We studied effects of the non-lethal presence of a predator on behaviour and larval life history of two species of anuran tadpoles, common frog, Rana temporaria, and common toad, Bufo bufo. We manipulated predator diet to study whether differences in chemically perceived predation risk affect the tadpoles. Tadpoles of both species were raised at two food levels either in the absence of the predator or in the presence of an insect-, frog- or toad-fed larval dragonfly Aeshna juncea. R. temporaria tadpoles lowered their activity in the presence of a predator and also avoided the predator spatially. Furthermore, they showed the strongest response to tadpole-fed predators. The number of days elapsed since the last provisioning of food affected the behaviour of both species. In R. temporaria, differences in activity level between predator treatments vanished as the food resources were depleted. In B. bufo, activity was lower in the presence of a toad-fed predator shortly after food had been added to the containers. Spatial avoidance of predators by B. bufo was stronger in the presence of a toad-fed predator than when an insect- or frog-fed predator was present.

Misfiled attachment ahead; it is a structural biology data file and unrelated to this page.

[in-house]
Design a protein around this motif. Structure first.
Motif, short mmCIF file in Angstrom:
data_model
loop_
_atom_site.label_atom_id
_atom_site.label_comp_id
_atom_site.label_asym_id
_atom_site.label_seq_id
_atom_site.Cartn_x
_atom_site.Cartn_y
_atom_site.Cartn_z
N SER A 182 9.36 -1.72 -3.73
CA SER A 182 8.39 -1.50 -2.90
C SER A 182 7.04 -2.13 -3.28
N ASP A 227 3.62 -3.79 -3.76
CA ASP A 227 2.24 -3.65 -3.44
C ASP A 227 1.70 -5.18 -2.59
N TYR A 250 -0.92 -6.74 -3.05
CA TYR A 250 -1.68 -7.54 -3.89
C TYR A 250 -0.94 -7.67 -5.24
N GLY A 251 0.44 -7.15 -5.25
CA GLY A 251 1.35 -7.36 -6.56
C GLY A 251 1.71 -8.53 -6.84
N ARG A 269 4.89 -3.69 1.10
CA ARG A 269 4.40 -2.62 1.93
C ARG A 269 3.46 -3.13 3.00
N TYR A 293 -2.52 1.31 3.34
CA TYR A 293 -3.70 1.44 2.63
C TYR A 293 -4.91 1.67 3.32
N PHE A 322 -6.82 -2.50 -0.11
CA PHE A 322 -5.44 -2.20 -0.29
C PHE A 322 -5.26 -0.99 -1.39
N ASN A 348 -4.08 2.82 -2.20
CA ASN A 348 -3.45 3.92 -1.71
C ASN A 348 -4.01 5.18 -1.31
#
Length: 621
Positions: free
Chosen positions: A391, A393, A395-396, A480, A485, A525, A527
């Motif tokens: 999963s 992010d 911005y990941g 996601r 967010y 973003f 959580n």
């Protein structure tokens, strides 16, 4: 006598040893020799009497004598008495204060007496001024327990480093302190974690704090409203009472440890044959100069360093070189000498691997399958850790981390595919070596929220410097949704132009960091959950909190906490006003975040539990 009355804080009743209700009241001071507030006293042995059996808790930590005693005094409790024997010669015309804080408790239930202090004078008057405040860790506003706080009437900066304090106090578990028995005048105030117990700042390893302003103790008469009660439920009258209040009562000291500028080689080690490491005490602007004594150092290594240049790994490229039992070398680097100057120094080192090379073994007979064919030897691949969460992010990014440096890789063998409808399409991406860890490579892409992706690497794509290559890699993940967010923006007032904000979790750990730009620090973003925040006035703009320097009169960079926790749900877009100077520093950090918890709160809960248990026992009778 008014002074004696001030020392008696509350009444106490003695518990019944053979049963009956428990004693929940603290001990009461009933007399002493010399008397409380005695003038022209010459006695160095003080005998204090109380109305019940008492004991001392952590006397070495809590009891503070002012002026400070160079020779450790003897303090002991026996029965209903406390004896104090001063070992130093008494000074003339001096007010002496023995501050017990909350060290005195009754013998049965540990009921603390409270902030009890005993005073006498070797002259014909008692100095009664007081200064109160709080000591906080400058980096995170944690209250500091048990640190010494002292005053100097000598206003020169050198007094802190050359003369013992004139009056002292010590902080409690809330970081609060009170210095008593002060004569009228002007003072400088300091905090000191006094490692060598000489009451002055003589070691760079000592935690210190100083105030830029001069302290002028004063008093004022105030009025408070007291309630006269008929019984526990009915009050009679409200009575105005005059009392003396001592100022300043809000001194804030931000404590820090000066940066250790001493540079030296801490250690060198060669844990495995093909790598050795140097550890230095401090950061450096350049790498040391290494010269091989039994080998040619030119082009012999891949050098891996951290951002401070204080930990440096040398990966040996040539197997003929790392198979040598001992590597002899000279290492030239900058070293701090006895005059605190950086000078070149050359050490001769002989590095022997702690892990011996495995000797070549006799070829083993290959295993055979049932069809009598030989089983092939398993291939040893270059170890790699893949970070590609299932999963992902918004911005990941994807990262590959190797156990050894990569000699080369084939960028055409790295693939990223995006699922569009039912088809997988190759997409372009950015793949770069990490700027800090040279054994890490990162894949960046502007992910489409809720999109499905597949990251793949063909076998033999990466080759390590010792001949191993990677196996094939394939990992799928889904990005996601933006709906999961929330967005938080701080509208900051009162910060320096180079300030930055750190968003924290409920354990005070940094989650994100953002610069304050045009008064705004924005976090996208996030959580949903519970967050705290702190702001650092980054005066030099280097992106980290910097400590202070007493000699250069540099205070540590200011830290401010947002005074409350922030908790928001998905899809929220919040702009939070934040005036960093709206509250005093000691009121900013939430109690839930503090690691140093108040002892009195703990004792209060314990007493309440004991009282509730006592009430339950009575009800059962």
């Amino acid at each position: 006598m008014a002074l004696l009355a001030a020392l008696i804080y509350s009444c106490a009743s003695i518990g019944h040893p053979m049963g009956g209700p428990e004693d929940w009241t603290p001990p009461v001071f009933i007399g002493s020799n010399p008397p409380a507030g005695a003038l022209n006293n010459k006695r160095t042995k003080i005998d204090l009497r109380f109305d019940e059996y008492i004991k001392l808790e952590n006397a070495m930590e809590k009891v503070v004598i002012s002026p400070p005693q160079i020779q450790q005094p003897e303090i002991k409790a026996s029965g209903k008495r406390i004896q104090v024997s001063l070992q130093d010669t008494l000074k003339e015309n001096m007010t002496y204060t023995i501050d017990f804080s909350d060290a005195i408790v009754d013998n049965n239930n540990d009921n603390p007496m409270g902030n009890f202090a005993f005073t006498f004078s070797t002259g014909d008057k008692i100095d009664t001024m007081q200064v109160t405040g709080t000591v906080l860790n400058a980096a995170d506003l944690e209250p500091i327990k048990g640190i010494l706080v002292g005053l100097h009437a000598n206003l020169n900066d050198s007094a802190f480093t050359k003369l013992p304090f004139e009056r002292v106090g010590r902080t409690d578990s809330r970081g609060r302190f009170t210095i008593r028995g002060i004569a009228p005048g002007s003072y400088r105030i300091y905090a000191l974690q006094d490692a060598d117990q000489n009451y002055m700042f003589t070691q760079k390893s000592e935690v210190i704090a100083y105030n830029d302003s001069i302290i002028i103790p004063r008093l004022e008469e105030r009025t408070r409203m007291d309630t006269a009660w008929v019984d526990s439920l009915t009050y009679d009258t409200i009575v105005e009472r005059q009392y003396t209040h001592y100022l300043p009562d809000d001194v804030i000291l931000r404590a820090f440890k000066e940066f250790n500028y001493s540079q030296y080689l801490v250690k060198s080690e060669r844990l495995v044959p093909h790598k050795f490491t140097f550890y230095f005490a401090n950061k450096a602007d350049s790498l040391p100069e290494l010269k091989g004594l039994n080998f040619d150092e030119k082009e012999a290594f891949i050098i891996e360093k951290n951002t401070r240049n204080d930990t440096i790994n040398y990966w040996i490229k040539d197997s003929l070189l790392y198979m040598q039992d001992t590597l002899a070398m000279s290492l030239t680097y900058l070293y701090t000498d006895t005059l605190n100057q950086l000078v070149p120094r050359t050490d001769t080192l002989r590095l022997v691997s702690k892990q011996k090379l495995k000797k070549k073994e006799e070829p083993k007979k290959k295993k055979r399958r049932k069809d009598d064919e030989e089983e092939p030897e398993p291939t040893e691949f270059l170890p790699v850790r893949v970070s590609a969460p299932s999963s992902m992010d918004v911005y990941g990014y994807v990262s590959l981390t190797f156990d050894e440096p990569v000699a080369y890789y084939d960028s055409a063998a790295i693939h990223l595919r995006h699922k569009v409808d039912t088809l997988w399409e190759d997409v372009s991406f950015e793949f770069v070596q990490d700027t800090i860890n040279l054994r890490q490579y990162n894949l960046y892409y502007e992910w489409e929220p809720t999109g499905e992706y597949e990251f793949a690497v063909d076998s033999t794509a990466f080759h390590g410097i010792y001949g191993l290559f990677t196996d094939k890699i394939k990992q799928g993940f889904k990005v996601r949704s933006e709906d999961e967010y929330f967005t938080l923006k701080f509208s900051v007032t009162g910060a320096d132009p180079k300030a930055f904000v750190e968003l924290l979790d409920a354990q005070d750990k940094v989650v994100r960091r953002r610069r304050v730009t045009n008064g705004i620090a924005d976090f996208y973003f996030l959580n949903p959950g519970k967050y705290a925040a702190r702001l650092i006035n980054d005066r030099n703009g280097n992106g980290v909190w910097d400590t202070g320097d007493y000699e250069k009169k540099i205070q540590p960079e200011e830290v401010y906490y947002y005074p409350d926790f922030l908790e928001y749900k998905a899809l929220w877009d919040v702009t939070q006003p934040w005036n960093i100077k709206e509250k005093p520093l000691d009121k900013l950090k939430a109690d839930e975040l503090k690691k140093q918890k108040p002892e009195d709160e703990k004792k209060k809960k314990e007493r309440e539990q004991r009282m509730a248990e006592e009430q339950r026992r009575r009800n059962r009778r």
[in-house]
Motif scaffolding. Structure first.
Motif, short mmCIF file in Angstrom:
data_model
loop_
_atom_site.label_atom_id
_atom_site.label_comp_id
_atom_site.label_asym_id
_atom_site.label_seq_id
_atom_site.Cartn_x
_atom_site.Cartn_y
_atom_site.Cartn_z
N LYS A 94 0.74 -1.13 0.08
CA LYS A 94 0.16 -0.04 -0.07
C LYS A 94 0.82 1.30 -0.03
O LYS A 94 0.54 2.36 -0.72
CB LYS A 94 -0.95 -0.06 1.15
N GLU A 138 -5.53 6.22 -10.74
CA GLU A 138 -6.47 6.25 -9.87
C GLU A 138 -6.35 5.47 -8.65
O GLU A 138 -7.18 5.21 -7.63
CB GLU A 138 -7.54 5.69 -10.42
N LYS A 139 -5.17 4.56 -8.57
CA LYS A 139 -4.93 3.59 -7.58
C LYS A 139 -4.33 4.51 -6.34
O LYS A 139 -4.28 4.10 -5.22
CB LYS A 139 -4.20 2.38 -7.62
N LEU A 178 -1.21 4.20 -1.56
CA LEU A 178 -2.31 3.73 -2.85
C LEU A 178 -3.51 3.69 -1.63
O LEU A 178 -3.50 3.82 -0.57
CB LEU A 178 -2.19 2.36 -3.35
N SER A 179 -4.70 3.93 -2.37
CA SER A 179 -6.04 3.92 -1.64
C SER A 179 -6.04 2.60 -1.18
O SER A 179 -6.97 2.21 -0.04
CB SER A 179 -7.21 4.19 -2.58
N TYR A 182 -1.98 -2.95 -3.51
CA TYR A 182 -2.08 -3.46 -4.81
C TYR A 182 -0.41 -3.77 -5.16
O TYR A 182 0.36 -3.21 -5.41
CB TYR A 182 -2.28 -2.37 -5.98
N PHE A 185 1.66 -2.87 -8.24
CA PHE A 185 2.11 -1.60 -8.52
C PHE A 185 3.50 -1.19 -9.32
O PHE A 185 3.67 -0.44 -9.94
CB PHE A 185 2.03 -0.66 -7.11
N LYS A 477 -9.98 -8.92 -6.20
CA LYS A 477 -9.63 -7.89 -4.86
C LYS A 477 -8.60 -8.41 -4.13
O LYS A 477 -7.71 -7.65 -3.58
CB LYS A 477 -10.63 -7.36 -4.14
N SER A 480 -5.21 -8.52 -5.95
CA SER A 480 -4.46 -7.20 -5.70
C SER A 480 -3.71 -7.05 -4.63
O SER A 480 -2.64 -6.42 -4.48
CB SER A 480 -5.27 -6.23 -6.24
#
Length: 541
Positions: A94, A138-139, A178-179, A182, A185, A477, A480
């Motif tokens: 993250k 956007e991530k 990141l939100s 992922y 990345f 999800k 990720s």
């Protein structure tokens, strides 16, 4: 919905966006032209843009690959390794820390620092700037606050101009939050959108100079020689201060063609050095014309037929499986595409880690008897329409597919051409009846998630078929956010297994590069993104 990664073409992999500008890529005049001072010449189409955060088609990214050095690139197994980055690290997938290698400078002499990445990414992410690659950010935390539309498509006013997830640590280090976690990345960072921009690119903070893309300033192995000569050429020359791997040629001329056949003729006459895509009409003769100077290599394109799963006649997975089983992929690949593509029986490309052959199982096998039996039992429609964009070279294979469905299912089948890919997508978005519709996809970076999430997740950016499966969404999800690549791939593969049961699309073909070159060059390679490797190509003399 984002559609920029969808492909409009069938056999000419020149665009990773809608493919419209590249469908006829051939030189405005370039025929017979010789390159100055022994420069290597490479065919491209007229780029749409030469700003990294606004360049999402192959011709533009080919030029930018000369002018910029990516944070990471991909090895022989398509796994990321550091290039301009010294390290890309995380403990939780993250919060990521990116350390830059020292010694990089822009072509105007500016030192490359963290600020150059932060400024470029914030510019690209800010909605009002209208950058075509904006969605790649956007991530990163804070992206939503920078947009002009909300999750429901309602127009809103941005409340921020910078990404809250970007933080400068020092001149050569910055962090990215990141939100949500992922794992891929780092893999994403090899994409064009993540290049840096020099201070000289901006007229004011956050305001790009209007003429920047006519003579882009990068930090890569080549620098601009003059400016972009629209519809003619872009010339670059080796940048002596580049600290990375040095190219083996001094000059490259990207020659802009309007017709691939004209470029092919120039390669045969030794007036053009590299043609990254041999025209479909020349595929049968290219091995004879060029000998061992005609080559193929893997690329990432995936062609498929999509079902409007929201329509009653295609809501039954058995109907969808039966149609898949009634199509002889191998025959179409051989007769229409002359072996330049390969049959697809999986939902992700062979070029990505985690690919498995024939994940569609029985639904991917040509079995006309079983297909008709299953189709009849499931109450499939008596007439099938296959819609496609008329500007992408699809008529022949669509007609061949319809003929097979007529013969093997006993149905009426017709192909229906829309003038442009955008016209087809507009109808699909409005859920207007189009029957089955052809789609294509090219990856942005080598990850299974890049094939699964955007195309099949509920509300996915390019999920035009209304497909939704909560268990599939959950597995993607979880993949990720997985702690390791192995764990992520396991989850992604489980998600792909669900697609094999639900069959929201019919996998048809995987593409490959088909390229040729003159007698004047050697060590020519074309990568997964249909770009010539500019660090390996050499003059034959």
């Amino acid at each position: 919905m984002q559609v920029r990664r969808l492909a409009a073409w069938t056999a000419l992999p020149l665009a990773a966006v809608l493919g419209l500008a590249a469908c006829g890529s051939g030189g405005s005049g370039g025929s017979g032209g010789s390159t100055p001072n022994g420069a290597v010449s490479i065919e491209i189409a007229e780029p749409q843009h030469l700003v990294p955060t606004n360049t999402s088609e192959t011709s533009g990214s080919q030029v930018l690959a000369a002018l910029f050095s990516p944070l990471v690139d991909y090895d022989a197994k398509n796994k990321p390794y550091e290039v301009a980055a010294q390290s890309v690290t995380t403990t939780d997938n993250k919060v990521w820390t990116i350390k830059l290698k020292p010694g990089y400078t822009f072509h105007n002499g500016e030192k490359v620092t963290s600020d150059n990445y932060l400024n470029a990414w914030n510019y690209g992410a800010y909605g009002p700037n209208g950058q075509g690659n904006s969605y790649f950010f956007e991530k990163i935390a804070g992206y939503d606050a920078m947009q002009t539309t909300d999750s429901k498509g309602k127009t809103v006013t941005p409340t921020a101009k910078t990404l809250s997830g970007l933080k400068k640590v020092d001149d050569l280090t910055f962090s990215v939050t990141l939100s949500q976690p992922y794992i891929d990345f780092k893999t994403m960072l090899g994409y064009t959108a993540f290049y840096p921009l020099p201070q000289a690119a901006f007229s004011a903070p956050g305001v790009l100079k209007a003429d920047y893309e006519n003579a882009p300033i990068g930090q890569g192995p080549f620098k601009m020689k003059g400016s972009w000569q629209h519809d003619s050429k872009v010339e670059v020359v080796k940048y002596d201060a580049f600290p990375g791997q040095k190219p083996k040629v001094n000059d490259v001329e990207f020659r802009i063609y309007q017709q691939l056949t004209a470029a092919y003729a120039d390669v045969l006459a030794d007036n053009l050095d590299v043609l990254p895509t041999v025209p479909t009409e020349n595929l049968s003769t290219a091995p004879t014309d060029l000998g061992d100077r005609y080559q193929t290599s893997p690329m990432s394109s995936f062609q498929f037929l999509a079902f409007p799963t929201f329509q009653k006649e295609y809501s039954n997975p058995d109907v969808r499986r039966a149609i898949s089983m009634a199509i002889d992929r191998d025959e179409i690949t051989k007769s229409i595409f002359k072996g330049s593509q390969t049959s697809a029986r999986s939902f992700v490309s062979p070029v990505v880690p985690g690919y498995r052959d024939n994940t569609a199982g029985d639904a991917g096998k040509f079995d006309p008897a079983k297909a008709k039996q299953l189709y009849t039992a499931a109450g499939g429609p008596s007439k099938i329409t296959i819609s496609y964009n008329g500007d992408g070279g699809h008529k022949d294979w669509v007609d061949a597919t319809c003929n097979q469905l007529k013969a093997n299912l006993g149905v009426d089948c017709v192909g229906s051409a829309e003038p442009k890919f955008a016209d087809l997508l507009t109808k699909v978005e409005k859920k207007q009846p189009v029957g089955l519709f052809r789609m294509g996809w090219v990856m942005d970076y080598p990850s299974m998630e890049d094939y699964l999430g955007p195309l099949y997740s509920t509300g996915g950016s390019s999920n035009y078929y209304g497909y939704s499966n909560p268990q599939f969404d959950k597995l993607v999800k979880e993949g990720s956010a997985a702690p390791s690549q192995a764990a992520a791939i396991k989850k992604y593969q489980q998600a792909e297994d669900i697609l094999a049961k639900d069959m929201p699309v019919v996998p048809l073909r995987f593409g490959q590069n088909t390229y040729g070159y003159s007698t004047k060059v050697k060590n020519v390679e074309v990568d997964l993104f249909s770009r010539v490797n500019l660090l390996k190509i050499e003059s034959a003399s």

In both tadpole species growth rate was higher at the high food level but remained unaffected by the predator treatments. In both species individuals at higher food level metamorphosed earlier and at larger size. The metamorphic responses to predator treatments differed between the species. R. temporaria metamorphosed later and at larger size in the presence of tadpole-fed predators than in the control treatment or in the presence of an insect-fed predator. B. bufo metamorphosed earlier in the presence of a toad-fed predator, but this was only slightly correlated to metamorphic size. Manipulations of predator diet affected tadpole life history in both species. However, predator effects on larval life history were not mediated by tadpole behaviour in either species.